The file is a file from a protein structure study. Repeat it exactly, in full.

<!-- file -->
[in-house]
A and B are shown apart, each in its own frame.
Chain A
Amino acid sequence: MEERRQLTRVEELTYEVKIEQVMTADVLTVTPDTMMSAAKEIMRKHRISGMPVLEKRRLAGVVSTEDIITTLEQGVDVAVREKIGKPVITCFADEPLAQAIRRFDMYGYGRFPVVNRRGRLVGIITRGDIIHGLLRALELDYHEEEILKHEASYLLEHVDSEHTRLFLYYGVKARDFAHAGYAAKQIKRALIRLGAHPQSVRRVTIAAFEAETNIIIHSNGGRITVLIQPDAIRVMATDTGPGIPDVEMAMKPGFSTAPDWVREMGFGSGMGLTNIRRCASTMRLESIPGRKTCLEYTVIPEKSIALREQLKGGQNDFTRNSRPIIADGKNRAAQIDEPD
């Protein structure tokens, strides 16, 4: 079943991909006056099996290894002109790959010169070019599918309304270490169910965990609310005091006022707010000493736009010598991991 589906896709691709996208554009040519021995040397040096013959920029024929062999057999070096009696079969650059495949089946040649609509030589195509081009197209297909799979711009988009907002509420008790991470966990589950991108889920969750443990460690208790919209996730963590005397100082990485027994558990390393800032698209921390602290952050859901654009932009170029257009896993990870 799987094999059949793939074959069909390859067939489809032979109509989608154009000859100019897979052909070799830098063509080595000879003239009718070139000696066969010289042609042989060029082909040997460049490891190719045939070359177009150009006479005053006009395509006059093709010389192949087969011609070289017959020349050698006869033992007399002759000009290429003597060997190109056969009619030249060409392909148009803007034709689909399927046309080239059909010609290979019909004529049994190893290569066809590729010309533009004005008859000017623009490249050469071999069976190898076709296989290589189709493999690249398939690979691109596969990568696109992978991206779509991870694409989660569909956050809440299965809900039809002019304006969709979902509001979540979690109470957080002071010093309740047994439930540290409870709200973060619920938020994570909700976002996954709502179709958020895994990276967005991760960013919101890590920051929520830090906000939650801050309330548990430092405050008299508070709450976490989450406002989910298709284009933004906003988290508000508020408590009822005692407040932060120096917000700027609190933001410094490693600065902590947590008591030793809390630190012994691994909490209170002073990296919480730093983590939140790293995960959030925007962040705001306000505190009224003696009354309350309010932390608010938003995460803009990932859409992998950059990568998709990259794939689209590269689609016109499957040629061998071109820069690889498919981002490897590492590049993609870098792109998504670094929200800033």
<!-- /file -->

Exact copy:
[in-house]
A and B are shown apart, each in its own frame.
Chain A
Amino acid sequence: MEERRQLTRVEELTYEVKIEQVMTADVLTVTPDTMMSAAKEIMRKHRISGMPVLEKRRLAGVVSTEDIITTLEQGVDVAVREKIGKPVITCFADEPLAQAIRRFDMYGYGRFPVVNRRGRLVGIITRGDIIHGLLRALELDYHEEEILKHEASYLLEHVDSEHTRLFLYYGVKARDFAHAGYAAKQIKRALIRLGAHPQSVRRVTIAAFEAETNIIIHSNGGRITVLIQPDAIRVMATDTGPGIPDVEMAMKPGFSTAPDWVREMGFGSGMGLTNIRRCASTMRLESIPGRKTCLEYTVIPEKSIALREQLKGGQNDFTRNSRPIIADGKNRAAQIDEPD
């Protein structure tokens, strides 16, 4: 079943991909006056099996290894002109790959010169070019599918309304270490169910965990609310005091006022707010000493736009010598991991 589906896709691709996208554009040519021995040397040096013959920029024929062999057999070096009696079969650059495949089946040649609509030589195509081009197209297909799979711009988009907002509420008790991470966990589950991108889920969750443990460690208790919209996730963590005397100082990485027994558990390393800032698209921390602290952050859901654009932009170029257009896993990870 799987094999059949793939074959069909390859067939489809032979109509989608154009000859100019897979052909070799830098063509080595000879003239009718070139000696066969010289042609042989060029082909040997460049490891190719045939070359177009150009006479005053006009395509006059093709010389192949087969011609070289017959020349050698006869033992007399002759000009290429003597060997190109056969009619030249060409392909148009803007034709689909399927046309080239059909010609290979019909004529049994190893290569066809590729010309533009004005008859000017623009490249050469071999069976190898076709296989290589189709493999690249398939690979691109596969990568696109992978991206779509991870694409989660569909956050809440299965809900039809002019304006969709979902509001979540979690109470957080002071010093309740047994439930540290409870709200973060619920938020994570909700976002996954709502179709958020895994990276967005991760960013919101890590920051929520830090906000939650801050309330548990430092405050008299508070709450976490989450406002989910298709284009933004906003988290508000508020408590009822005692407040932060120096917000700027609190933001410094490693600065902590947590008591030793809390630190012994691994909490209170002073990296919480730093983590939140790293995960959030925007962040705001306000505190009224003696009354309350309010932390608010938003995460803009990932859409992998950059990568998709990259794939689209590269689609016109499957040629061998071109820069690889498919981002490897590492590049993609870098792109998504670094929200800033």